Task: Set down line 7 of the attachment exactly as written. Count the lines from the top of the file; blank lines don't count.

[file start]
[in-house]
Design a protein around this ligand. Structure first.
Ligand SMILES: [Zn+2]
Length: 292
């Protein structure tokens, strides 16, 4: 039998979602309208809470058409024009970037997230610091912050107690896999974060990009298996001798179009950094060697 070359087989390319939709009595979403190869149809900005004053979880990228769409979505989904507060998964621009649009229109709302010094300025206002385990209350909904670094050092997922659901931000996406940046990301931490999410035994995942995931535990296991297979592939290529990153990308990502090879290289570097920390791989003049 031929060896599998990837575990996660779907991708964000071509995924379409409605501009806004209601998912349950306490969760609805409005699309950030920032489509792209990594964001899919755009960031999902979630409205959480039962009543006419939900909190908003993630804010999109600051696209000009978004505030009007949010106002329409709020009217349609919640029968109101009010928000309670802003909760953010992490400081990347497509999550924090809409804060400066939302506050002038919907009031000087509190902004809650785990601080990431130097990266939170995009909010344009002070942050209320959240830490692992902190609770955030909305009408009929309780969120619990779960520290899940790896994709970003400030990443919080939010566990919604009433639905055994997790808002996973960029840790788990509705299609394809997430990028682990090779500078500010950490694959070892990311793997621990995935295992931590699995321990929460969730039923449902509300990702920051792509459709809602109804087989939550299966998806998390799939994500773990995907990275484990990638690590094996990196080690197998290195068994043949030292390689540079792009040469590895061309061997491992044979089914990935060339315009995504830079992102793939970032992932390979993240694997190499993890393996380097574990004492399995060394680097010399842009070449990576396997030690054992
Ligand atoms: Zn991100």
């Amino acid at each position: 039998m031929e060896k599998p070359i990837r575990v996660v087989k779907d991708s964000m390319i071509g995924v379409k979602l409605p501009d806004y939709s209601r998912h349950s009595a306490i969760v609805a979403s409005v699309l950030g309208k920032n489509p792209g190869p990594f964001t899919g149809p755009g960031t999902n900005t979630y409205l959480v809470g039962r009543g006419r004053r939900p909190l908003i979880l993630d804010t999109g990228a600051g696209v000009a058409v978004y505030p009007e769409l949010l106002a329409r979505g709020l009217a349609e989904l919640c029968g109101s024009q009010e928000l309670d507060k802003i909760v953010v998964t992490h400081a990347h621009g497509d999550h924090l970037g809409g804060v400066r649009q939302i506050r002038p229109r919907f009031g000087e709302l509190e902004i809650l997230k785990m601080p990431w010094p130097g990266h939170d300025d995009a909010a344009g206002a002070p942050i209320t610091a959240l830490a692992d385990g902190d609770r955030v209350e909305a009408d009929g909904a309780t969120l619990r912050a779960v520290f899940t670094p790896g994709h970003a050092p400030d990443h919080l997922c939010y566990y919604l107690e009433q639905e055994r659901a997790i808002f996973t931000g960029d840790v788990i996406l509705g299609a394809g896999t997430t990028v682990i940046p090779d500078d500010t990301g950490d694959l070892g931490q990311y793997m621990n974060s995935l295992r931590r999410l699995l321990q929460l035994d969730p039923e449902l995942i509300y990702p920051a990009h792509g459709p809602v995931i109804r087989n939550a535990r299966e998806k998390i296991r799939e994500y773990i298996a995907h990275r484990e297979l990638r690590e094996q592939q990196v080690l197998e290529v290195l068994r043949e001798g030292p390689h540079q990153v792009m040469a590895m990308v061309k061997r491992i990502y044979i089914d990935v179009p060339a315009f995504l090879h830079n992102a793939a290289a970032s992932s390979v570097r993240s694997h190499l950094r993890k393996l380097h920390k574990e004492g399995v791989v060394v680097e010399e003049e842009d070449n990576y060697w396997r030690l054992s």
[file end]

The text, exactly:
């Amino acid at each position: 039998m031929e060896k599998p070359i990837r575990v996660v087989k779907d991708s964000m390319i071509g995924v379409k979602l409605p501009d806004y939709s209601r998912h349950s009595a306490i969760v609805a979403s409005v699309l950030g309208k920032n489509p792209g190869p990594f964001t899919g149809p755009g960031t999902n900005t979630y409205l959480v809470g039962r009543g006419r004053r939900p909190l908003i979880l993630d804010t999109g990228a600051g696209v000009a058409v978004y505030p009007e769409l949010l106002a329409r979505g709020l009217a349609e989904l919640c029968g109101s024009q009010e928000l309670d507060k802003i909760v953010v998964t992490h400081a990347h621009g497509d999550h924090l970037g809409g804060v400066r649009q939302i506050r002038p229109r919907f009031g000087e709302l509190e902004i809650l997230k785990m601080p990431w010094p130097g990266h939170d300025d995009a909010a344009g206002a002070p942050i209320t610091a959240l830490a692992d385990g902190d609770r955030v209350e909305a009408d009929g909904a309780t969120l619990r912050a779960v520290f899940t670094p790896g994709h970003a050092p400030d990443h919080l997922c939010y566990y919604l107690e009433q639905e055994r659901a997790i808002f996973t931000g960029d840790v788990i996406l509705g299609a394809g896999t997430t990028v682990i940046p090779d500078d500010t990301g950490d694959l070892g931490q990311y793997m621990n974060s995935l295992r931590r999410l699995l321990q929460l035994d969730p039923e449902l995942i509300y990702p920051a990009h792509g459709p809602v995931i109804r087989n939550a535990r299966e998806k998390i296991r799939e994500y773990i298996a995907h990275r484990e297979l990638r690590e094996q592939q990196v080690l197998e290529v290195l068994r043949e001798g030292p390689h540079q990153v792009m040469a590895m990308v061309k061997r491992i990502y044979i089914d990935v179009p060339a315009f995504l090879h830079n992102a793939a290289a970032s992932s390979v570097r993240s694997h190499l950094r993890k393996l380097h920390k574990e004492g399995v791989v060394v680097e010399e003049e842009d070449n990576y060697w396997r030690l054992s």